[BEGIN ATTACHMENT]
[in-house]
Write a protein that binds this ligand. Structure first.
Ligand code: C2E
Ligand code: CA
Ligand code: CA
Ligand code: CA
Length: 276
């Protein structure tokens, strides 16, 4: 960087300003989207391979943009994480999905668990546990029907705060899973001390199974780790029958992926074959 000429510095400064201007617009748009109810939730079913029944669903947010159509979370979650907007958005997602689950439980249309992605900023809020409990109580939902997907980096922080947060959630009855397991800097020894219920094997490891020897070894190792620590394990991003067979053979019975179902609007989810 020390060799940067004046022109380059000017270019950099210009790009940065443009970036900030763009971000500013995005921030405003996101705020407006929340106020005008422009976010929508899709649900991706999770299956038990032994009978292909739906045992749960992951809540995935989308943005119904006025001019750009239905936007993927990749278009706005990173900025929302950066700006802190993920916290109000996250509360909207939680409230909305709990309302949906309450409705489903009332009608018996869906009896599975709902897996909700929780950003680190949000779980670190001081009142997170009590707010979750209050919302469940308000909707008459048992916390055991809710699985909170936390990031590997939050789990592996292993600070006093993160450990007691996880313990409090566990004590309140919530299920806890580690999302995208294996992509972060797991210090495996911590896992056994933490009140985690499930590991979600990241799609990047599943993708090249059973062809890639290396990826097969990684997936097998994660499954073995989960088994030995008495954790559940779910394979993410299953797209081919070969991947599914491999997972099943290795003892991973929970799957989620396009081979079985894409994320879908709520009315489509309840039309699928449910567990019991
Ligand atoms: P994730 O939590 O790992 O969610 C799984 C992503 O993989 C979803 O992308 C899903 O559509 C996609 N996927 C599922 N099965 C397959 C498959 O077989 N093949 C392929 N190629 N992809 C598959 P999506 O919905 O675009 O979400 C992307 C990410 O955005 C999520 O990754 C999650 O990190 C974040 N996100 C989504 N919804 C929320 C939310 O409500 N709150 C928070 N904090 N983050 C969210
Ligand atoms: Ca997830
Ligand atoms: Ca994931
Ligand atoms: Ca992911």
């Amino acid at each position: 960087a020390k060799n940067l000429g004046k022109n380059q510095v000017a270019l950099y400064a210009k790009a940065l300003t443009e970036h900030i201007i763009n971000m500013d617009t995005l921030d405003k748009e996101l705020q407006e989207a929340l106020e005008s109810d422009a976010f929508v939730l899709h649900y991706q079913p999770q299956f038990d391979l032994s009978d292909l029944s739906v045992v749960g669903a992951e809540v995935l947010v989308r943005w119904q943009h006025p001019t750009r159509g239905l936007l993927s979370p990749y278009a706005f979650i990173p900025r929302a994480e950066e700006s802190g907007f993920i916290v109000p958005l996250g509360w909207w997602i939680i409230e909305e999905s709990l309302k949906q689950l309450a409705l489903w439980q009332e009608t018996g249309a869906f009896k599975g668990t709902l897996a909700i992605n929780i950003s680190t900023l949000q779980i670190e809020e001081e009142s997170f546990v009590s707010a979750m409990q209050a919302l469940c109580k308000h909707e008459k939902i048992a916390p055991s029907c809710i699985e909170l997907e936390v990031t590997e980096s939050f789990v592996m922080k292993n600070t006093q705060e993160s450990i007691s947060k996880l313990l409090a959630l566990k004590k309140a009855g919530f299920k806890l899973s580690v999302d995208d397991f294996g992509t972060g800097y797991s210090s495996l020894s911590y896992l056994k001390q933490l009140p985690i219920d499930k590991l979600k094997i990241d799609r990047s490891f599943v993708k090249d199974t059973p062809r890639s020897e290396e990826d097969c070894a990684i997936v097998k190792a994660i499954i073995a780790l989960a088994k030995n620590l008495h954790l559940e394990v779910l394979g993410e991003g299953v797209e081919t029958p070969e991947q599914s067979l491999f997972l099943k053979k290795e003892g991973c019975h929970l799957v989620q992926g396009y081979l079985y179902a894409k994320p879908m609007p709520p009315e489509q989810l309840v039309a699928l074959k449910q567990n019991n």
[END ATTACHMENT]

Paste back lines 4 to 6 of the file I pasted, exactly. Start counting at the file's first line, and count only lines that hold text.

Ligand code: CA
Ligand code: CA
Ligand code: CA